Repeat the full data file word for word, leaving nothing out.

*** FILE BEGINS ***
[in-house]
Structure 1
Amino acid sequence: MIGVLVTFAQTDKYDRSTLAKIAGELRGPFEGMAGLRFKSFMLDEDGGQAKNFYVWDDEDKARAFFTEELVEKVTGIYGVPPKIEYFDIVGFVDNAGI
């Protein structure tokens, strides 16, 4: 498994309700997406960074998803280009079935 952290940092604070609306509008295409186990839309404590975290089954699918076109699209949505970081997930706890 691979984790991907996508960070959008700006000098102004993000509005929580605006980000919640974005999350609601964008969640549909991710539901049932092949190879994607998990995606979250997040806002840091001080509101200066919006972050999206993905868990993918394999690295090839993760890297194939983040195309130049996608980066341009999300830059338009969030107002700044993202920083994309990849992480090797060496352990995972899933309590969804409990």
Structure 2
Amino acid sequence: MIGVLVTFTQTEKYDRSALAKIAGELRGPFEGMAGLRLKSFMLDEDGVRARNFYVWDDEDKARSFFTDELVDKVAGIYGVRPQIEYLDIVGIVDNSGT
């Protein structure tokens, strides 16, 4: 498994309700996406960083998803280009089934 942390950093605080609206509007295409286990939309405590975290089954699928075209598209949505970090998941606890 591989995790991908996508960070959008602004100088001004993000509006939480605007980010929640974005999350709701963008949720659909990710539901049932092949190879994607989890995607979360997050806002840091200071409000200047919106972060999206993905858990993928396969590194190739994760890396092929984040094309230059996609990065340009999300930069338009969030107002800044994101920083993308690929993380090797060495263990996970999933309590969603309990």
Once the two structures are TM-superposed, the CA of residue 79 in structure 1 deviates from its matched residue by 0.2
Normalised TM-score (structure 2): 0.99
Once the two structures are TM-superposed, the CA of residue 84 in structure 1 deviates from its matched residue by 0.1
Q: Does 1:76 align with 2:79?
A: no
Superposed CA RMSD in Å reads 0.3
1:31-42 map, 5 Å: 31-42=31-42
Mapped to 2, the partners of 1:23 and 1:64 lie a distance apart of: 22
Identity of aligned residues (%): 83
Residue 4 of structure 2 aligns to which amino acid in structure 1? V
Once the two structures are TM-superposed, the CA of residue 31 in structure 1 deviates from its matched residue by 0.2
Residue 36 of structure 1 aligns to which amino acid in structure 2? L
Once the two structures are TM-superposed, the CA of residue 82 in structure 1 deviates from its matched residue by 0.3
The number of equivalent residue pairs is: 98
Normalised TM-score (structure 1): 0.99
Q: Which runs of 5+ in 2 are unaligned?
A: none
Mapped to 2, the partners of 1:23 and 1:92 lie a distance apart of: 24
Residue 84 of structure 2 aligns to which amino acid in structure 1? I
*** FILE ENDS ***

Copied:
[in-house]
Structure 1
Amino acid sequence: MIGVLVTFAQTDKYDRSTLAKIAGELRGPFEGMAGLRFKSFMLDEDGGQAKNFYVWDDEDKARAFFTEELVEKVTGIYGVPPKIEYFDIVGFVDNAGI
């Protein structure tokens, strides 16, 4: 498994309700997406960074998803280009079935 952290940092604070609306509008295409186990839309404590975290089954699918076109699209949505970081997930706890 691979984790991907996508960070959008700006000098102004993000509005929580605006980000919640974005999350609601964008969640549909991710539901049932092949190879994607998990995606979250997040806002840091001080509101200066919006972050999206993905868990993918394999690295090839993760890297194939983040195309130049996608980066341009999300830059338009969030107002700044993202920083994309990849992480090797060496352990995972899933309590969804409990």
Structure 2
Amino acid sequence: MIGVLVTFTQTEKYDRSALAKIAGELRGPFEGMAGLRLKSFMLDEDGVRARNFYVWDDEDKARSFFTDELVDKVAGIYGVRPQIEYLDIVGIVDNSGT
């Protein structure tokens, strides 16, 4: 498994309700996406960083998803280009089934 942390950093605080609206509007295409286990939309405590975290089954699928075209598209949505970090998941606890 591989995790991908996508960070959008602004100088001004993000509006939480605007980010929640974005999350709701963008949720659909990710539901049932092949190879994607989890995607979360997050806002840091200071409000200047919106972060999206993905858990993928396969590194190739994760890396092929984040094309230059996609990065340009999300930069338009969030107002800044994101920083993308690929993380090797060495263990996970999933309590969603309990």
Once the two structures are TM-superposed, the CA of residue 79 in structure 1 deviates from its matched residue by 0.2
Normalised TM-score (structure 2): 0.99
Once the two structures are TM-superposed, the CA of residue 84 in structure 1 deviates from its matched residue by 0.1
Q: Does 1:76 align with 2:79?
A: no
Superposed CA RMSD in Å reads 0.3
1:31-42 map, 5 Å: 31-42=31-42
Mapped to 2, the partners of 1:23 and 1:64 lie a distance apart of: 22
Identity of aligned residues (%): 83
Residue 4 of structure 2 aligns to which amino acid in structure 1? V
Once the two structures are TM-superposed, the CA of residue 31 in structure 1 deviates from its matched residue by 0.2
Residue 36 of structure 1 aligns to which amino acid in structure 2? L
Once the two structures are TM-superposed, the CA of residue 82 in structure 1 deviates from its matched residue by 0.3
The number of equivalent residue pairs is: 98
Normalised TM-score (structure 1): 0.99
Q: Which runs of 5+ in 2 are unaligned?
A: none
Mapped to 2, the partners of 1:23 and 1:92 lie a distance apart of: 24
Residue 84 of structure 2 aligns to which amino acid in structure 1? I